By the time Andrew Yang was 35, he’d done a stint at a big law firm and then founded, in succession: an Internet fundraising company for celebrity-affiliated nonprofits, a health care software company, a mobile content management company, and developed the Manhattan GMAT, where he served as president and CEO until it was acquired by Kaplan/The Washington Post.
Now at the ripe old age of 39, Yang’s found two creative approaches to staying put at his most recent enterprise, Venture for America (VFA).
For the uninitiated, VFA was founded as a nonprofit in 2011 with a sweeping ambition to connect college graduates with startups who need smart talent. But it doesn’t stop there. After training and working in the trenches for two years, VFA’s “fellows” will have earned the chops to become entrepreneurs themselves, thereby seeding the need to place more college grads at new startups. A few months into the business of hooking graduates into the startup scene, Yang told me he wanted to create 100,000 jobs by 2025.
Today, three classes of VFA fellows in, the organization is making steady progress. Yang says this year VFA received more than 1,000 applications for 100 fellowships in Detroit, New Orleans, Cleveland, and Las Vegas, among other cities far removed from the startup locus of Silicon Valley. VFA’s budget has swelled from $1.8 million to $3.2 million. But there’s so much more to do, says Yang, including how to figure out what the “right size” is for VFA in order to continue to provide the most opportunities.
So he takes a page from the book of parenting. “I’m relatively new,” Yang admits, “I’ve got a 19-month-old at home.” But even this short time with his son has taught Yang that “the nature of the challenge changes over time, so you try to address whatever need the organization has this month or this year.” Like a child making the transition from infant to toddler, the needs of VFA have evolved over the last three years. Yang’s now just as focused on disrupting the balance of talent that’s hyper-concentrated in certain regions and industries as he is on placing young people in jobs. “The challenge is to meet the need on both sides,” he explains, “and it’s a question of resources.”
“Parenting also reminds me of building a business in that you can’t imagine leaving until it’s walking and talking and able to make its own money,” he says, laughing at the realization. “In the case of humans that’s 18 years,” he quips. “In the case of business, most of the time, it’s less than that.” Yang says it is possible to leave an organization before it’s fully mature, but he doesn’t recommend it for founders, who like parents are a necessary presence in the life of their child.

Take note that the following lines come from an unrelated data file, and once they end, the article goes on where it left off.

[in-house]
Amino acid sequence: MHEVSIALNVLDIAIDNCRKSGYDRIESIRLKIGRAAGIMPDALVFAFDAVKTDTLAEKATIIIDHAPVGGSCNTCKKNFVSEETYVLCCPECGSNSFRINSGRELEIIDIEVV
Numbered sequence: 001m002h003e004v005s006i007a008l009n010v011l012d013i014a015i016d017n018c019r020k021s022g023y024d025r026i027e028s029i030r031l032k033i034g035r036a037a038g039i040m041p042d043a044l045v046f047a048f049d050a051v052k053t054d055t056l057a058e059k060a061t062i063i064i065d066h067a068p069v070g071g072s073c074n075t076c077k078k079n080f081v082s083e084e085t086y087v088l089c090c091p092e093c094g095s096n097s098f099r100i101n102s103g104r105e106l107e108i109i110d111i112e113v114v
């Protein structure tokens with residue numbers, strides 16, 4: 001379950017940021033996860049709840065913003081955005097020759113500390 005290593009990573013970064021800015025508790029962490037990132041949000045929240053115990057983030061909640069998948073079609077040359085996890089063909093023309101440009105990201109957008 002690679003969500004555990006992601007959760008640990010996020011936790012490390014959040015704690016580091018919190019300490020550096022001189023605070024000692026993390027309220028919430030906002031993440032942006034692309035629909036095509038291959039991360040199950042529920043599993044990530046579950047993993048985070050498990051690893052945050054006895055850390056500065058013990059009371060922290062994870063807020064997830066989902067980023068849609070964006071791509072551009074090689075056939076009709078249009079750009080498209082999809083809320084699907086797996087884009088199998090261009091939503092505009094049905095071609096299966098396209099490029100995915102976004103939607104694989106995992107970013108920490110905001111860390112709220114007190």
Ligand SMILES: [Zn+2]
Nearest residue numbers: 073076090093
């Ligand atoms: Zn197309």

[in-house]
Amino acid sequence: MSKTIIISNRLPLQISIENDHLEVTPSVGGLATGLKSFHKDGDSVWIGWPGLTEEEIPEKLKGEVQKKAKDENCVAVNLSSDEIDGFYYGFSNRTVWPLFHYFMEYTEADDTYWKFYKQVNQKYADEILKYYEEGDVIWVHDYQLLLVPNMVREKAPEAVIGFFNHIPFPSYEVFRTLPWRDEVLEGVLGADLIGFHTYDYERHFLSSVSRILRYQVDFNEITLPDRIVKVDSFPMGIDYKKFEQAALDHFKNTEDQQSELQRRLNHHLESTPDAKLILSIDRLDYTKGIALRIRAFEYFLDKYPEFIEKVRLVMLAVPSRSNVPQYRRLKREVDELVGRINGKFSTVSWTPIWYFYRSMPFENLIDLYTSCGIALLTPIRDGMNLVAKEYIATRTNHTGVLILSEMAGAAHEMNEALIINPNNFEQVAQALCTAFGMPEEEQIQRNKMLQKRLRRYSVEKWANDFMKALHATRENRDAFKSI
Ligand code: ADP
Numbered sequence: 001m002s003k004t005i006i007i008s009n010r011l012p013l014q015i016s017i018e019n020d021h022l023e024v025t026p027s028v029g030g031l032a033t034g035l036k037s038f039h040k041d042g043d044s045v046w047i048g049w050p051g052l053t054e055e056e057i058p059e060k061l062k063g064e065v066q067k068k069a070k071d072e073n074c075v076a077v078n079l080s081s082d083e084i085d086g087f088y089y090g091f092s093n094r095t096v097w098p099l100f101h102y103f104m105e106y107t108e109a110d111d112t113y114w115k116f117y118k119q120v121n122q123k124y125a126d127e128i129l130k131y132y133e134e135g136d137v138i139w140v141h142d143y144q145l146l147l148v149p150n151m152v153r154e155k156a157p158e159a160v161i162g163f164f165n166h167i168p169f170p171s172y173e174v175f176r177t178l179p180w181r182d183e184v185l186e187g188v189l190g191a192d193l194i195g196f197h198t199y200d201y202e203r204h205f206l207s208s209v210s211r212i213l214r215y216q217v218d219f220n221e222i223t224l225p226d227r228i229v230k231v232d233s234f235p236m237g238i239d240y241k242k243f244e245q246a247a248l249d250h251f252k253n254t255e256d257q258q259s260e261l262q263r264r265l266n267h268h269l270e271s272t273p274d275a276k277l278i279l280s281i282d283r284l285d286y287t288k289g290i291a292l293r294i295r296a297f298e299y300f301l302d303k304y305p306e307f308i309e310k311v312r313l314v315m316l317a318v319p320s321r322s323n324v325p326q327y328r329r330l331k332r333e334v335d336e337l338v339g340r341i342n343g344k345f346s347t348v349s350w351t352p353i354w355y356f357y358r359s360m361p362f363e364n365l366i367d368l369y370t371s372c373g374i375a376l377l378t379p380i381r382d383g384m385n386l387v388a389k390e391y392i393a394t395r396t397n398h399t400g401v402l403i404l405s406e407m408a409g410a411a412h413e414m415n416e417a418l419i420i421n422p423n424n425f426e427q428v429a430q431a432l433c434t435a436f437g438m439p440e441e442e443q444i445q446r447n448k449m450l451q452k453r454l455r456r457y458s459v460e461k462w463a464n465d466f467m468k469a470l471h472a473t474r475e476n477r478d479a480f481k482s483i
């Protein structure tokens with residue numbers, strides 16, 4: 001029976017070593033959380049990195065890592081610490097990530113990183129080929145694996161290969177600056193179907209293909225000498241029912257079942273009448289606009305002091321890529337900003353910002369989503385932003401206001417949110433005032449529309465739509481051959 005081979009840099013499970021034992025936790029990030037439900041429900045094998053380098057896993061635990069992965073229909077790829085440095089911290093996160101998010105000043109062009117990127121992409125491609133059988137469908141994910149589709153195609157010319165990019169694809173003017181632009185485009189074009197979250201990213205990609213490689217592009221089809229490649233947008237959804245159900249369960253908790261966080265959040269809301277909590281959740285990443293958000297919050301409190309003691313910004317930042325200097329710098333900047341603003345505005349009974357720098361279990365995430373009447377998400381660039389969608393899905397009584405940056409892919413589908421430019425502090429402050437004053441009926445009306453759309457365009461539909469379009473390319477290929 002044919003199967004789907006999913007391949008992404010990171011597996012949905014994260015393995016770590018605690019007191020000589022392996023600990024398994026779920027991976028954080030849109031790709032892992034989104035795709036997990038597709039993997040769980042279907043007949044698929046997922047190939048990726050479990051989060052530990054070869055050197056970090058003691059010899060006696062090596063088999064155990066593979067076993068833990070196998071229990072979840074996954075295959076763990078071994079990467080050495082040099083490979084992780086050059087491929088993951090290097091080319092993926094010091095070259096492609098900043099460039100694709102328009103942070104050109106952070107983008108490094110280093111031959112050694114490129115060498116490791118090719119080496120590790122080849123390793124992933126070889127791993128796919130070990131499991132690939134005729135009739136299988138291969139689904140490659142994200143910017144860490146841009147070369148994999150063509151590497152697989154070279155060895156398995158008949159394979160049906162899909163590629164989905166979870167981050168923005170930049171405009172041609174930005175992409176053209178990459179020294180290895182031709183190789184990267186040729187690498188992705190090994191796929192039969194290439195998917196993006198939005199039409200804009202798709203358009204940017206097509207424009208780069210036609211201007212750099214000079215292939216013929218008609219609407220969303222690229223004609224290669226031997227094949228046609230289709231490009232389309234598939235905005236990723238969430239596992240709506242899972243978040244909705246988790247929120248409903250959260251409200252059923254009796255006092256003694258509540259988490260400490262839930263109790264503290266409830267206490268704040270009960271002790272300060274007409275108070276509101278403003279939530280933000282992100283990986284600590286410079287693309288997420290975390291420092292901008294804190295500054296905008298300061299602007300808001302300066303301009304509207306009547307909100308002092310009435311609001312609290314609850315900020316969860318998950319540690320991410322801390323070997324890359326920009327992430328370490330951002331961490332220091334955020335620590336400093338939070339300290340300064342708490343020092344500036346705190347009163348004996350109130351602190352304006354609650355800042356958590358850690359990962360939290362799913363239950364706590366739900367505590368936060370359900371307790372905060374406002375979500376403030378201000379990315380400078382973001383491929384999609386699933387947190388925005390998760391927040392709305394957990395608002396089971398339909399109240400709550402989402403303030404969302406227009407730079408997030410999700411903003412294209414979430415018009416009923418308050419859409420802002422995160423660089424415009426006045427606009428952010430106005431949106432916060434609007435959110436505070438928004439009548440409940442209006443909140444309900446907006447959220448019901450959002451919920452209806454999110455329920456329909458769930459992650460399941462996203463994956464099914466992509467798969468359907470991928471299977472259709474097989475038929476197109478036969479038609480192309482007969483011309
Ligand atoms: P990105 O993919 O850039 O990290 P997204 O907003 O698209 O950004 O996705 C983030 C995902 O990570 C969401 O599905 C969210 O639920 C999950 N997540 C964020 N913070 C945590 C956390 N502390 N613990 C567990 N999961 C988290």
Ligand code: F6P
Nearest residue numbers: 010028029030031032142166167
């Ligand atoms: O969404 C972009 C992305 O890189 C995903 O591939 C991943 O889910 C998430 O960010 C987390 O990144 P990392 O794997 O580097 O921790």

“I joke all the time that my son is going to be VFA Class of 2035,” he says, and often thinks what the organization is going to look like then. “The test is to come back in a couple of decades and see if it’s thriving and still growing.”
One of the ways to keep growing is to keep expanding. “We always have a new frontier,” says Yang, referring to VFA’s steps into new territory including San Antonio and St. Louis. “Building a business requires [investing] a significant length of time on relationships within and outside of the organization.”
Forging creative collaborations with influencers have helped advance VFA’s cause into multiple cities. Take the case of Tony Hsieh and Las Vegas.
Around the same time VFA was launching, the Zappos founder was starting to pump a $350 million investment into revitalizing downtown Las Vegas. Yang had never met Hsieh, but was very familiar with his efforts to spur economic development through the Downtown Project. In what may have seemed like a chance encounter to an outside observer, Yang met Hsieh after he came off the stage at an industry conference.
But Yang had done his homework. He learned all about Hsieh’s plans for the city, and one particular takeaway: “Physical spaces matter, with the Container Park, Learning Village, and other community spaces serving as natural hubs for people downtown.” From there, Yang read Hsieh’s book Delivering Happiness, which taught him that Hsieh is a logical thinker who values creating a community-oriented culture and environment.
Armed with this knowledge, as well as the confidence that VFA would serve the interests of the other person–a piece Yang says is crucial to the success of cold encounters like this–he “tackled” Hsieh. Not long after, the two were discussing a potential partnership over drinks which would eventually lead to Hsieh’s $1 million pledge to VFA to bring 100 graduates to Las Vegas over the next five years.
Things unfolded in a similar way with Dan Gilbert, founder of Quicken Loans in Detroit, “I told (Gilbert) he was a general and I wanted to be his special forces,” Yang deadpans. “They were 100 percent aligned with us, so when we reached out it was fast conversation,” says Yang. Graham Weston of Rackspace in San Antonio was similarly aligned so it wasn’t long before the founder was saying “Welcome to San Antonio” and proffering funding for VFA’s fellows to come and make their mark in the city’s startup ecosystem.
Though he makes it sound simple, Yang says meeting and wooing potential partners takes creativity before and during the process. “My history has been to get on someone’s calendar and be persistent,” he says. And while it’s important to have an agenda, Yang cautions, “You shouldn’t be stubborn about what you came to accomplish. You should be able to adapt, the worst thing anyone can do is only have a self-serving goal.”
Yang gets energized just talking about the possibilities of approaching new collaborators and expanding to new cities. Sticking around for five, ten, or even until his son is ready to become a fellow himself, won’t be a problem, he says. “I’ll stay until I feel like the organization has accomplished what it set out to do.”